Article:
Public Release: 

New online tool to predict genetic resistance to tuberculosis drugs

Faster process to find appropriate drugs for TB patients may improve likelihood of cure

London School of Hygiene & Tropical Medicine

Finding out what drugs can be used to treat a patient with tuberculosis (TB) can be can sped up by days or weeks, thanks to a new free online tool.

The new TB-Profiler tool, developed by a team of scientists led by Dr Taane Clark at the London School of Hygiene & Tropical Medicine, analyses and interprets genome sequence data to predict resistance to 11 drugs used for the treatment of TB. This rapid tool only takes a few minutes and means that sequence data can now be used without delay. Importantly, it also removes dependence on specialised bioinformatics skills that are not readily available in clinical settings. Data on how the tool works is published in open access journal Genome Medicine.

Speeding up the process to find appropriate drugs when treating a patient with drug-resistant TB improves the likelihood of cure. By enabling the optimum course of treatment to be selected without delay, toxic drugs found to be ineffective because of resistance can be disregarded, relieving patients of damaging, unpleasant, and often long-lasting side effects.

Researchers say the TB-Profiler tool - available at - will aid control of drug resistant TB, the emergence of which currently threatens to derail global efforts to control the disease. The World Health Organisation estimates that 5% of the world's 11 million TB cases have multi drug-resistance disease (MDR-TB), with approximately 480,000 new MDR-TB cases arising in 2013 and 210,000 deaths.

The TB-Profiler was developed using global data and refers to a library of 1,325 mutations to M. tuberculosis (the bacteria that causes TB), making the tool the most comprehensive and accurate data source to date.

Dr Taane Clark, Reader in Genetic Epidemiology and Statistical Genomics, said: "Sequencing already assists patient management for a number of conditions such as HIV, but now that it is possible to sequence M. tuberculosis from sputum from suspected multi-drug resistance patients means it has a role in the management of tuberculosis. We have developed a prototype to guide treatment of patients with drug resistant disease, where personalised medicine and treatment offers improved rates of cure."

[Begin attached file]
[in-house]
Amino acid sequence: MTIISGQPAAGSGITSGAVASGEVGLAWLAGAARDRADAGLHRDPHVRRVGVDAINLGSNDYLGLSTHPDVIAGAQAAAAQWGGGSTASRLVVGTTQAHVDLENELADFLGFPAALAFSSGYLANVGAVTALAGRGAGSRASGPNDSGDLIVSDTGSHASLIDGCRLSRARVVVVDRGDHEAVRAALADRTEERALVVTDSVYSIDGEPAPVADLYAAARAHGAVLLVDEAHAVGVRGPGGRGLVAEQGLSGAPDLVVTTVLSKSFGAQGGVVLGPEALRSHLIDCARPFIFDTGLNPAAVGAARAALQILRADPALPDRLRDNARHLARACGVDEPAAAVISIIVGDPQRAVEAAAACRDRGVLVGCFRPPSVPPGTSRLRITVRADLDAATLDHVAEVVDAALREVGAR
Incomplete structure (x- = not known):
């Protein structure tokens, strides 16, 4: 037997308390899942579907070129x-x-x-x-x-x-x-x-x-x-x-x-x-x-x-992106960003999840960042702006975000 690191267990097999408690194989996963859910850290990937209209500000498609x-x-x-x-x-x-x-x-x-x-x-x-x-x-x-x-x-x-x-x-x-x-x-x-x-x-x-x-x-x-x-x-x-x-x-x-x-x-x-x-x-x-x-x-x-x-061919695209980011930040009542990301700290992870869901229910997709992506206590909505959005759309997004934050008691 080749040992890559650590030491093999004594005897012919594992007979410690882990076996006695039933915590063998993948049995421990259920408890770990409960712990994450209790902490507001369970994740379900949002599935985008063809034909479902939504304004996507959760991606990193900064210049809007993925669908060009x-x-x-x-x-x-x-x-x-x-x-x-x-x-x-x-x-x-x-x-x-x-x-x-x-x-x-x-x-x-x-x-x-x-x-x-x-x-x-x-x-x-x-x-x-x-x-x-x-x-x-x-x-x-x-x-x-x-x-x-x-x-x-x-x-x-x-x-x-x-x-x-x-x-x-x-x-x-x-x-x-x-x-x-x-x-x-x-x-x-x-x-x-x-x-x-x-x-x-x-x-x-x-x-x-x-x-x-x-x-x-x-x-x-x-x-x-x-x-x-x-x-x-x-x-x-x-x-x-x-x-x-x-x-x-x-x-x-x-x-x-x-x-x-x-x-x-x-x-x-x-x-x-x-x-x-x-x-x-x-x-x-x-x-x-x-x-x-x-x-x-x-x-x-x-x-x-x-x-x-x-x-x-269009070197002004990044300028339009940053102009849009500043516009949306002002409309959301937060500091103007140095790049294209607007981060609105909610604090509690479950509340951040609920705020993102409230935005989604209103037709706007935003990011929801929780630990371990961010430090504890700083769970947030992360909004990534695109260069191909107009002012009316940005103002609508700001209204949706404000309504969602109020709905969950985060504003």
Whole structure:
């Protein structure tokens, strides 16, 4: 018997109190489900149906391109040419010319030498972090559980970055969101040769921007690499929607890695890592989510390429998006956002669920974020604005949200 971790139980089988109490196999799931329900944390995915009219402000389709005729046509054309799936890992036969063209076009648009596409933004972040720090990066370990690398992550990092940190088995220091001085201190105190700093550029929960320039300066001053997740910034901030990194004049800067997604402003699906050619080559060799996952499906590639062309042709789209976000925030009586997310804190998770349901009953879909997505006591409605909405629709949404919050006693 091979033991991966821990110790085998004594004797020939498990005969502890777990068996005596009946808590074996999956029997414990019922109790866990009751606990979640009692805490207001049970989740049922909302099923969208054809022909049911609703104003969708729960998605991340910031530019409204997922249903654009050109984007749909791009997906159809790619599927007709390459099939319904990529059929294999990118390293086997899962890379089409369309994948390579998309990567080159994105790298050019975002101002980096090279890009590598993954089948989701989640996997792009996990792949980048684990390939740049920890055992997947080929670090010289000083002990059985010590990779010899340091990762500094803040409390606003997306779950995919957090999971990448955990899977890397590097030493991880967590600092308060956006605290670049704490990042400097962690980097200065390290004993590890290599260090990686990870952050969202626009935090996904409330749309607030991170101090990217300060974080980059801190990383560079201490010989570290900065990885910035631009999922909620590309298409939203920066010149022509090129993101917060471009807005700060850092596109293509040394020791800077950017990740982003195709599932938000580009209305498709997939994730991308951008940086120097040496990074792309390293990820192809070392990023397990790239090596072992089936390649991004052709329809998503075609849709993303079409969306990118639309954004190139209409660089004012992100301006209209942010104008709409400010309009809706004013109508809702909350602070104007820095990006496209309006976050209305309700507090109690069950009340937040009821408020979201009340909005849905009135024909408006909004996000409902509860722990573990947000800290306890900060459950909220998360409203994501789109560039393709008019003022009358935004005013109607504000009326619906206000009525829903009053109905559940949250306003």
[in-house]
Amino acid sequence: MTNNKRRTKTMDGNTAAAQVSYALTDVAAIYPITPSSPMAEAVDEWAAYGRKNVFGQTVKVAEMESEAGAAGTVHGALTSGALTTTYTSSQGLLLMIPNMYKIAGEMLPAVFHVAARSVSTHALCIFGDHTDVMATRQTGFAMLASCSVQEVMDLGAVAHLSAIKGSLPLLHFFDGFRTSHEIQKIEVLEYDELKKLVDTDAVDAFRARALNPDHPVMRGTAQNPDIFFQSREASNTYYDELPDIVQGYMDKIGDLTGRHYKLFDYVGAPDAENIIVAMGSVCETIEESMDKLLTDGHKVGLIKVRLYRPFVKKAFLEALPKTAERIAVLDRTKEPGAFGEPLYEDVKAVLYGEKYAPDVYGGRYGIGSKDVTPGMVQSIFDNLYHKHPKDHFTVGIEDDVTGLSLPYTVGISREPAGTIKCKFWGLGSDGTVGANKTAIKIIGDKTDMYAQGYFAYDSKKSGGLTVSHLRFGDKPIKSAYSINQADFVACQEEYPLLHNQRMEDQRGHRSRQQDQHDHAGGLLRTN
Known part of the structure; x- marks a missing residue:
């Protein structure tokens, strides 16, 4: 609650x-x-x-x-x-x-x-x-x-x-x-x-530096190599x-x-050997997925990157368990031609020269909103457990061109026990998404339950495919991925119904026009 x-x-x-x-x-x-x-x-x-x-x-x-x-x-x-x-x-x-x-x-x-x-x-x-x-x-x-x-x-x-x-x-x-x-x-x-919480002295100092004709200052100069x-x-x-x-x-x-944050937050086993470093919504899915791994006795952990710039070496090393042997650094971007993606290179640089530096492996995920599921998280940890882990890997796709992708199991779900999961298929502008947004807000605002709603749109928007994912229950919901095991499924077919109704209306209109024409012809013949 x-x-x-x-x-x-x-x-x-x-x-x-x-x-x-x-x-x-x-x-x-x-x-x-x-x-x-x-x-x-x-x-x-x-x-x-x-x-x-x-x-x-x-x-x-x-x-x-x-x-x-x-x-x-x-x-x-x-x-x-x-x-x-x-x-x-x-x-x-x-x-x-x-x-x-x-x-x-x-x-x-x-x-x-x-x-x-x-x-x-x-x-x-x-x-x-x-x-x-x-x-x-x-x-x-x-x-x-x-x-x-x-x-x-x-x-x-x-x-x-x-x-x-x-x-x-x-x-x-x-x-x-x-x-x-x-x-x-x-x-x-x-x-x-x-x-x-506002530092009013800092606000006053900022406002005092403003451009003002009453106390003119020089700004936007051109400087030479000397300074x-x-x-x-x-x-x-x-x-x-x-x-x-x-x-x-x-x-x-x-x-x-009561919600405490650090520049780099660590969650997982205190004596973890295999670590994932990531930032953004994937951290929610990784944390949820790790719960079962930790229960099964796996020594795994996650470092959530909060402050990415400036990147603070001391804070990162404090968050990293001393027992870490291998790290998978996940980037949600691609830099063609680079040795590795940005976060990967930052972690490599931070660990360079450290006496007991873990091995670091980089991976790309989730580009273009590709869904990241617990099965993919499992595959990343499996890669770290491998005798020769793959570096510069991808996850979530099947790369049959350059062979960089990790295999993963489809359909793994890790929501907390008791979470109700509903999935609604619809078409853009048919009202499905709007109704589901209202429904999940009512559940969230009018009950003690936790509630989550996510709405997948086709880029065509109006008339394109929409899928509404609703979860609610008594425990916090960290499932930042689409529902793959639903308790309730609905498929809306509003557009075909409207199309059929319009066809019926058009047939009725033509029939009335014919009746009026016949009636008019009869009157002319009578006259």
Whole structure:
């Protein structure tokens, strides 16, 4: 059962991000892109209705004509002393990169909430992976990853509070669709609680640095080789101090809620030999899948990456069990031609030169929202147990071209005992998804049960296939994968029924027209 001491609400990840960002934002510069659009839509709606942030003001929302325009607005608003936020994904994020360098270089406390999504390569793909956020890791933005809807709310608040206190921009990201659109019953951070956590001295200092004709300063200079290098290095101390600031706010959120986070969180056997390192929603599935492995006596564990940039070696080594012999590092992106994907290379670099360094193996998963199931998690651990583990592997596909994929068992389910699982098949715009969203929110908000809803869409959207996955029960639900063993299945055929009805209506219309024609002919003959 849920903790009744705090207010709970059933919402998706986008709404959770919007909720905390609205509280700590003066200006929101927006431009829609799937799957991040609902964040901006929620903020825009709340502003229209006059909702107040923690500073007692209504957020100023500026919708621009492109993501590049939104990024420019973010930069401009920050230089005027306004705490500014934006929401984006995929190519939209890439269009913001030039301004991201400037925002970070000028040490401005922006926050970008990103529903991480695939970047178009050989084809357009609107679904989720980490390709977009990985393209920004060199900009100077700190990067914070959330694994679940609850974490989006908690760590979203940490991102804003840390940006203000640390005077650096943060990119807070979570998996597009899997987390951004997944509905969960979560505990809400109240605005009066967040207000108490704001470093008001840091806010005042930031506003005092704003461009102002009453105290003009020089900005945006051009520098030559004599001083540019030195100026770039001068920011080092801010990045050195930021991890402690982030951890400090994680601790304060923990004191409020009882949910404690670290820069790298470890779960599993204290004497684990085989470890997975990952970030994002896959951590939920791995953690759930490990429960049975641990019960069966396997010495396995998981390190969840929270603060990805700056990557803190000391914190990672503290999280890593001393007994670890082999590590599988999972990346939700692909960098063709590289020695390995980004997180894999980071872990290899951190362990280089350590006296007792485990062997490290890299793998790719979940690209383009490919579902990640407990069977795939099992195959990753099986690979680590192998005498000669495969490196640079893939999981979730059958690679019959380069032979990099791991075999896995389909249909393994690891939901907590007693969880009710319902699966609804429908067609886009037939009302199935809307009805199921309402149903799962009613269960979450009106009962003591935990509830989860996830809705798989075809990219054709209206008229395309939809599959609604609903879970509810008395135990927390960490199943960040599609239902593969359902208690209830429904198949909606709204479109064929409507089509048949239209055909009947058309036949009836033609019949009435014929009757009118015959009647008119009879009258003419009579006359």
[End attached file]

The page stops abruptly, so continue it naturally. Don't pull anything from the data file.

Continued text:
Traditional lab-based methods of determining resistance involve growing the bacteria to see if it survives the drug, a process that can take weeks and sometimes months, and requires stringent safety measures to protect the laboratory personnel.

The researchers highlight that their research demonstrates the potential of whole genome sequencing to increase the accuracy of molecular tests for resistance, with improved sensitivity and specificity. The tool also provides data on the genotype of the bacteria which can be used in epidemiological studies and by public health experts to track chains of disease transmission.

Co-author Dr Ruth McNerney of TB Alert added: "This is a welcome step forward in our battle against drug resistance. It is now time to take sequencing out of the research lab and into the clinic. Patients with drug resistant disease have to endure many months of treatment with toxic drugs with no guarantee of success. Personalised treatment will increase their chances of survival while minimising the horrible side effects."


For more information or to request interviews with Dr Taane Clarke please contact the press office at the London School of Hygiene & Tropical Medicine: or +44 (0)20 7927 2802.

For interview with Dr Ruth McNerney: or +44 (0)7557020305 or +27 (0)78358815 (South Africa)

Notes to Editors